Measures to prevent coronavirus infections in social welfare units providing 24-hour care
In the coronavirus situation, the Ministry of Social Affairs and Health urges the municipalities and social welfare units to pay special attention to appropriate action and prevention of the coronavirus in housing service units providing 24-hour care.
To prevent the spread of the coronavirus, residents must not be moved from a place of care or housing unit to another one during the epidemic, unless this is absolutely necessary to ensure their care. Care must always be provided if necessary on medical grounds.
The situation of the residents, especially new residents coming to the unit, must be followed very closely. Action must be taken immediately if any respiratory infection symptoms appear.
It is particularly important that a resident who is showing symptoms will not be moved. Moving of asymptomatic residents should also be avoided because, according to current knowledge, the infection may be communicated even by asymptomatic persons.
Residents showing symptoms should, whenever possible, be placed in single rooms and in the same department. Residents showing symptoms and asymptomatic residents must not be treated in the same room.
Care plans to be updated
To enable housing units for 24-hour care to provide the required high-quality care, all patients and/or residents in long-term care or covered by treatment services must have an appropriate care plan that is also up-to-date.
Employer responsible for necessary knowledge and skills and for communication
The use of common facilities should be restricted if any of the residents are showing symptoms. Cleaning and disinfection of the premises is a high priority.
Staff turnover should be minimised to reduce the risk of infections. Employees should not work in more than one unit.
The employer must make sure that the staff has the necessary knowledge and skills on practices to prevent and combat infections. They must also be able to recognise the symptoms of respiratory infections and to react in an appropriate manner if such symptoms appear.
The employer must also make sure that each unit has a contact person (e.g. hygiene contact person) to manage the exchange of information with the local health authority and regional experts on infections.
Communication concerning a unit providing 24-hour care must be ongoing and open. The residents and their families as well as the staff must have access to up-to-date information on the situation in the units with respect to the coronavirus and the measures this has required or will require.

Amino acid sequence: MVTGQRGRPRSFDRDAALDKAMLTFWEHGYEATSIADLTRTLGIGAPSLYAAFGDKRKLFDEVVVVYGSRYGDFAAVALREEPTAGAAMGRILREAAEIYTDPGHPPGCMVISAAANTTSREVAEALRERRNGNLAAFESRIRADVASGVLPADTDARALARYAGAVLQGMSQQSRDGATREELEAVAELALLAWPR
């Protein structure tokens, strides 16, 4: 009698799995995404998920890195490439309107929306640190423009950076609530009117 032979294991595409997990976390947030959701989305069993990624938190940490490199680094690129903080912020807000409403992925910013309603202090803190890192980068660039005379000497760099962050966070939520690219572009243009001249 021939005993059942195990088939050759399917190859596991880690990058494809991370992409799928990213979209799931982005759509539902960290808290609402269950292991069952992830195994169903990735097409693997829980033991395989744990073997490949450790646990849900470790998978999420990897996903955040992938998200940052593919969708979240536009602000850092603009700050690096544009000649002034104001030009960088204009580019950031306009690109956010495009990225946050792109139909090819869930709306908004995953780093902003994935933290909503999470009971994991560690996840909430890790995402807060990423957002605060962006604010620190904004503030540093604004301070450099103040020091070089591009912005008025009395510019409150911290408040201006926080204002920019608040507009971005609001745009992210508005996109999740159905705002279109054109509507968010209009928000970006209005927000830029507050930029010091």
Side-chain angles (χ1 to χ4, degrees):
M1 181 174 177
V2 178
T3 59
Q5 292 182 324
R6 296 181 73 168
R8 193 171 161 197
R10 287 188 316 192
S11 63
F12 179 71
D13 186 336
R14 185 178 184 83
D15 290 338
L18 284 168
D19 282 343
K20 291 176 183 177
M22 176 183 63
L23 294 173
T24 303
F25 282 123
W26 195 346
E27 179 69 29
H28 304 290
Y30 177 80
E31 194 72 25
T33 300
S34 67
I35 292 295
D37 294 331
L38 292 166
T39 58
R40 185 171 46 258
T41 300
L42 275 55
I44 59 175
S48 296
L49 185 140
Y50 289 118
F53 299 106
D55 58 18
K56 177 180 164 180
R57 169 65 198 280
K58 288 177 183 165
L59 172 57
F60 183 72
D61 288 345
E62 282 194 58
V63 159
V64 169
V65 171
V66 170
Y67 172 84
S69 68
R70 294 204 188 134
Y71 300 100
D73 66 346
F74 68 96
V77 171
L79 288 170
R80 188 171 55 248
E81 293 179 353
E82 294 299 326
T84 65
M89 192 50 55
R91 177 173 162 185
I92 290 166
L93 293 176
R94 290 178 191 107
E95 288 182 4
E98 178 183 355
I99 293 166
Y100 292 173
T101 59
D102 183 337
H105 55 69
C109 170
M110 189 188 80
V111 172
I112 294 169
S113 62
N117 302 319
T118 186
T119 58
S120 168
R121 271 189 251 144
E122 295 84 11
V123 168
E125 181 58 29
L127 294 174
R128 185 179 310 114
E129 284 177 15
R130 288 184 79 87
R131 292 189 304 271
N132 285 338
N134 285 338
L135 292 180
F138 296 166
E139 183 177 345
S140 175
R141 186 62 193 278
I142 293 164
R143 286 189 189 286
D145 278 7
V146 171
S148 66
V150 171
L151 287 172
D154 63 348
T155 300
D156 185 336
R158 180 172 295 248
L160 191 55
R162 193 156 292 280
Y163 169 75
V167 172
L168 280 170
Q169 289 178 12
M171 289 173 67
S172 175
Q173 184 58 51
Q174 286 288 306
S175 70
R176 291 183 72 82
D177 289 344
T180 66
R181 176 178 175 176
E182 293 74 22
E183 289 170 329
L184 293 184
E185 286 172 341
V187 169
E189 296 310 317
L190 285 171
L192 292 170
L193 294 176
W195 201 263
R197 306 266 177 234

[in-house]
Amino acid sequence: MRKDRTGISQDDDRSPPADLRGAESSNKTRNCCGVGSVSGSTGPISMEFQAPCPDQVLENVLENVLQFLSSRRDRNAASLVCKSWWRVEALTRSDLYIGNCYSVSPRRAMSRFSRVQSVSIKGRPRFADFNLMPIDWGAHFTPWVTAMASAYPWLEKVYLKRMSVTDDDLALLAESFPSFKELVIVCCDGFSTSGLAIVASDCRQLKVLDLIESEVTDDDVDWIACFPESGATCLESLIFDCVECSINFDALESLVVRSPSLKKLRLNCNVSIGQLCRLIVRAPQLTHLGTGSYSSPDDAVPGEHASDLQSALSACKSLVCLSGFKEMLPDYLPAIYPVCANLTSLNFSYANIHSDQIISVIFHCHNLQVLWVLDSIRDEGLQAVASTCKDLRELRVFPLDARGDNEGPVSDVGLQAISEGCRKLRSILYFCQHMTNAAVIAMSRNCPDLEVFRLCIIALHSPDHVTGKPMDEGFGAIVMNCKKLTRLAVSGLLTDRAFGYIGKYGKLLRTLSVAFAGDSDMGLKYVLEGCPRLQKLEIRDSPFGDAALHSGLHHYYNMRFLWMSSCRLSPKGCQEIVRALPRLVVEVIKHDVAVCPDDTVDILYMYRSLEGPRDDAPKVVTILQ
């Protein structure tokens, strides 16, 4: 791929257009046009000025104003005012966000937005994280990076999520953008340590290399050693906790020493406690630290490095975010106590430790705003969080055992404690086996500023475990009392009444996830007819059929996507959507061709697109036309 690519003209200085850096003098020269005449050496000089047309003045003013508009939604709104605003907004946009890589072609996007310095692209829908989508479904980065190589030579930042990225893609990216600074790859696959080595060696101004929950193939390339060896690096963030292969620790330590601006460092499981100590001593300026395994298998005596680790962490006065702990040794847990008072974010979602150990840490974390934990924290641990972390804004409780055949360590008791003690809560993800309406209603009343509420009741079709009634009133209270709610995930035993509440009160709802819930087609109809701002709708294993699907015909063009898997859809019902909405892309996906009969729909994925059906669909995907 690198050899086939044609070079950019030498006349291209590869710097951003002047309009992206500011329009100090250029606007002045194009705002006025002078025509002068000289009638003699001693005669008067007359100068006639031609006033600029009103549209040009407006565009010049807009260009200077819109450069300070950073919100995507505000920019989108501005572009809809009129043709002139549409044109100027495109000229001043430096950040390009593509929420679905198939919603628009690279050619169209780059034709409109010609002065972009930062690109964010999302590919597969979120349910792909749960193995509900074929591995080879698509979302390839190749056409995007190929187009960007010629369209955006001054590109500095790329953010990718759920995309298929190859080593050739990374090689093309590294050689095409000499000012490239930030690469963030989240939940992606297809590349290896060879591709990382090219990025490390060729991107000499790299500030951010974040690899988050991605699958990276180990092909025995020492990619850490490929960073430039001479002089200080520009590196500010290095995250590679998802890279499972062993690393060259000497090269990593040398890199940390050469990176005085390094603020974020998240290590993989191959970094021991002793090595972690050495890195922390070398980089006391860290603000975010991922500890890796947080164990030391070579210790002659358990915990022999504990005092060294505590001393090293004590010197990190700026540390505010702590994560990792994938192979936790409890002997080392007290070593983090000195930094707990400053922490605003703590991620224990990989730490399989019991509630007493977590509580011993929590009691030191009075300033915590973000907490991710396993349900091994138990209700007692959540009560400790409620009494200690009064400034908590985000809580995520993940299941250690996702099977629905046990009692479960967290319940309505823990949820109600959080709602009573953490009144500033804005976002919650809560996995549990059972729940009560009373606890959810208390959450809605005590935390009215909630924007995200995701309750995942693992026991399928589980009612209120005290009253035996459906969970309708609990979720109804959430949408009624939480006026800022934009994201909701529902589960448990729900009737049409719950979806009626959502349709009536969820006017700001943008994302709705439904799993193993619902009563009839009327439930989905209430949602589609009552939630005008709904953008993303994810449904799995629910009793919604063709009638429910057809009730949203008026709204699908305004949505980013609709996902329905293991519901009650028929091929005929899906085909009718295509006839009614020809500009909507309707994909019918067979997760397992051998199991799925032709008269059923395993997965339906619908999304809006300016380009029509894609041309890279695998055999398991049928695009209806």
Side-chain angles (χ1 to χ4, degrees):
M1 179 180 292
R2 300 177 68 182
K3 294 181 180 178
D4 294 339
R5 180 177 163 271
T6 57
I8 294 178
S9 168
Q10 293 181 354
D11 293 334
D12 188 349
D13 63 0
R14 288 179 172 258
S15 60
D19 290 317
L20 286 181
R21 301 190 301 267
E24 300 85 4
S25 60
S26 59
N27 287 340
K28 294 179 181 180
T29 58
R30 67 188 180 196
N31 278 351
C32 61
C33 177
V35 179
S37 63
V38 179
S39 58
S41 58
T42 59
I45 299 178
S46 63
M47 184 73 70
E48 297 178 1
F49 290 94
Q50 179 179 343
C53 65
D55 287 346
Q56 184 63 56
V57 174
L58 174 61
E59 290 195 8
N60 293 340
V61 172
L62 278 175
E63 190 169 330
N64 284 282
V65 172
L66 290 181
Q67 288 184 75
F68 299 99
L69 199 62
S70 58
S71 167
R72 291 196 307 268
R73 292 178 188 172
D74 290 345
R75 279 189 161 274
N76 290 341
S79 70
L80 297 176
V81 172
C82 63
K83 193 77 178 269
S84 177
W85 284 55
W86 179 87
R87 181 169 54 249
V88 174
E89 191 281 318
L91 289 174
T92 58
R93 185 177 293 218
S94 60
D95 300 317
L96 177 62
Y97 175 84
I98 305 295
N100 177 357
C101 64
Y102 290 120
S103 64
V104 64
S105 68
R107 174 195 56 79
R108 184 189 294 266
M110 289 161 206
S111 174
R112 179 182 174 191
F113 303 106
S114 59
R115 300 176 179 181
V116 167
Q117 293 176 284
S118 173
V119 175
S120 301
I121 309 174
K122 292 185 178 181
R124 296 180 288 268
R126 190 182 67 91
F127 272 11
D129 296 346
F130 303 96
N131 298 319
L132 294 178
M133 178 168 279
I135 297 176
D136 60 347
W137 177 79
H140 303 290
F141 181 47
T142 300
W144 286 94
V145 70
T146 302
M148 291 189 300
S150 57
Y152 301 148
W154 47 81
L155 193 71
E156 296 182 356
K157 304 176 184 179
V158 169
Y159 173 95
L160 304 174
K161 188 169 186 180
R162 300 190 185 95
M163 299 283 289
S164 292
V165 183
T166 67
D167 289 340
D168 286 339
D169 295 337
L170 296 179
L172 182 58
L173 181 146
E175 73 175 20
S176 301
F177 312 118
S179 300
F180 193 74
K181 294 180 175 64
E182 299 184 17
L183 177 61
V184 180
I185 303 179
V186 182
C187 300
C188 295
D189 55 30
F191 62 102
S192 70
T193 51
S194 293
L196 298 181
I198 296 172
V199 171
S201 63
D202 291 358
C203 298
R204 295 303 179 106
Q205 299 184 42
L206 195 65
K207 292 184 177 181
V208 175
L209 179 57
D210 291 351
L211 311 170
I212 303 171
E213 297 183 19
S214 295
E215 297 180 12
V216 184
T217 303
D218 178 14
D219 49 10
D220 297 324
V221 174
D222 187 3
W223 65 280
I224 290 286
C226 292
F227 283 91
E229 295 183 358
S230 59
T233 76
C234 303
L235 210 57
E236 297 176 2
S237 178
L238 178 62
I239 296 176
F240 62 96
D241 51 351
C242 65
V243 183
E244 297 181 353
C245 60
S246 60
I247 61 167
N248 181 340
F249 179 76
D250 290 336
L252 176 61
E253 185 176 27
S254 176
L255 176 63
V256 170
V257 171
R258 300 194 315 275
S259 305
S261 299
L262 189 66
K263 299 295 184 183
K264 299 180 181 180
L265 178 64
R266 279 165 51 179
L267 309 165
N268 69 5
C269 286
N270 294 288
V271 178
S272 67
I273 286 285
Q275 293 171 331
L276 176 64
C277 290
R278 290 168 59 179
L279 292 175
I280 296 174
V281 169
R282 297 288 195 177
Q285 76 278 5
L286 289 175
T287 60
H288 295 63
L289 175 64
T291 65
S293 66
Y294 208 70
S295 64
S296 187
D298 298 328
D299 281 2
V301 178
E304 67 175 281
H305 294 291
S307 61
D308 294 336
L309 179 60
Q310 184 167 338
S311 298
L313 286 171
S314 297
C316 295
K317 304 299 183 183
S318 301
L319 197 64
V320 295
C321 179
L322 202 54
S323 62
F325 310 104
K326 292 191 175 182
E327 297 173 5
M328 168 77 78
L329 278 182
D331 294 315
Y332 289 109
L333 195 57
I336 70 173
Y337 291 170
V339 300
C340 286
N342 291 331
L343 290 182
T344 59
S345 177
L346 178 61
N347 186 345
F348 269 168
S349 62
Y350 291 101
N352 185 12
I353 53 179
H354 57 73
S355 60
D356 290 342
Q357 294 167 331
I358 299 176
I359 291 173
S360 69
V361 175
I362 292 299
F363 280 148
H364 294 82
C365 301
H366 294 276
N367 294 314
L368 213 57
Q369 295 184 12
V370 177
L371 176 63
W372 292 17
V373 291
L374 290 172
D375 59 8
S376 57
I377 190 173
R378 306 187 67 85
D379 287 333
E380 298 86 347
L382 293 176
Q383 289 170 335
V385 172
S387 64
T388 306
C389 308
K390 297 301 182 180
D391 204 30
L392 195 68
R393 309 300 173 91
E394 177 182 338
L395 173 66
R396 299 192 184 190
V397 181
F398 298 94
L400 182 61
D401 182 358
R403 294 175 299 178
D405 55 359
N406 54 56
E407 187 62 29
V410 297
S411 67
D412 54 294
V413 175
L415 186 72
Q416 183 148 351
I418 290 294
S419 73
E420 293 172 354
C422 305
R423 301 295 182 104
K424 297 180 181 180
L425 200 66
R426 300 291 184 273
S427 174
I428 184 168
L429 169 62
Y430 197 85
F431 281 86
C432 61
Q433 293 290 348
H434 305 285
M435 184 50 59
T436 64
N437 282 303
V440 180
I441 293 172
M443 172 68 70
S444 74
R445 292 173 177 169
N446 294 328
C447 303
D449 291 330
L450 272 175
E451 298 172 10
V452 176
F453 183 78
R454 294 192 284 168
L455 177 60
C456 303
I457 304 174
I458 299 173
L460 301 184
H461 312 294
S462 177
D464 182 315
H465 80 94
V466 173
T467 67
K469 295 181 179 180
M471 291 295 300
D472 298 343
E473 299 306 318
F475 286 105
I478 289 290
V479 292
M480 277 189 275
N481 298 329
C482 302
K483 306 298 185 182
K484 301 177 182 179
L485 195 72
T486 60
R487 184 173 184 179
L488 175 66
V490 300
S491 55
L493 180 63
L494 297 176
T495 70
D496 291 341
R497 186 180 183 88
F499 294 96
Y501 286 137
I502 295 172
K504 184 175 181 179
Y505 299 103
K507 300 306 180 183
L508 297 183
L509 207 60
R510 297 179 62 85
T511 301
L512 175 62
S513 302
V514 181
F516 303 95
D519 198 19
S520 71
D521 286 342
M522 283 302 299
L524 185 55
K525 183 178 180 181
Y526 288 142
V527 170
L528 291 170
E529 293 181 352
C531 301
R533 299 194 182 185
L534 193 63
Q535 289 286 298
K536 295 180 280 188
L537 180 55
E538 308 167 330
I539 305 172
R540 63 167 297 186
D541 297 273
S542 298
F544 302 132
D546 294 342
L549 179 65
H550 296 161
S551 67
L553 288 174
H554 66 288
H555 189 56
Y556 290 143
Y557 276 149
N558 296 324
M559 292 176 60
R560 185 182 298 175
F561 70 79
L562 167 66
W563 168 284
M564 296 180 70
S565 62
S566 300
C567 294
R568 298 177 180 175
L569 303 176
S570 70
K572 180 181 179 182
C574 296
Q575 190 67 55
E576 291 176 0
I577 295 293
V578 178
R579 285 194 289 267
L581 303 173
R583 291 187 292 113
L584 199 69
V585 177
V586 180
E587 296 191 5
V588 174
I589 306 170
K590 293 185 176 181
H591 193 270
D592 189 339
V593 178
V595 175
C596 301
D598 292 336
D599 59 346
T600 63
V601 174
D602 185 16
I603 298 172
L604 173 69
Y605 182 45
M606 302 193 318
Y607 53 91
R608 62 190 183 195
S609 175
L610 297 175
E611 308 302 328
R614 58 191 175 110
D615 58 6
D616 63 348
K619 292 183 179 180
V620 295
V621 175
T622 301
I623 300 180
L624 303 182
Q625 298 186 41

Guidelines for handling the deceased in the coronavirus situation
The Finnish Institute for Health and Welfare has issued guidelines for handling of the deceased in the case of confirmed or suspected COVID-19 infections. The guidelines are to be followed in the healthcare and social welfare units, service units providing long-term care and treatment for older people and people with disabilities, in funeral homes, and in tasks related to establishing the cause of death by the police.
Situation of social welfare units monitored
The Ministry of Social Affairs and Health monitors the coronavirus situation on the national level, development of the situation in different regions, and measures taken to prepare for the coronavirus. This also includes the gathering of information on the numbers of persons in social welfare units who have been infected with the virus or who have died.
The Ministry of Social Affairs and Health has already issued several guidelines on measures to be taken in different types of healthcare and social welfare units. Now the ministry is drafting even more detailed guidelines to municipalities and joint municipal authorities on how the coronavirus situation should be taken into account in housing service units providing 24-hour care. The guidelines will be available by Easter.
The official guidelines and decisions issued by the Ministry of Social Affairs and Health are available on the ministry’s website.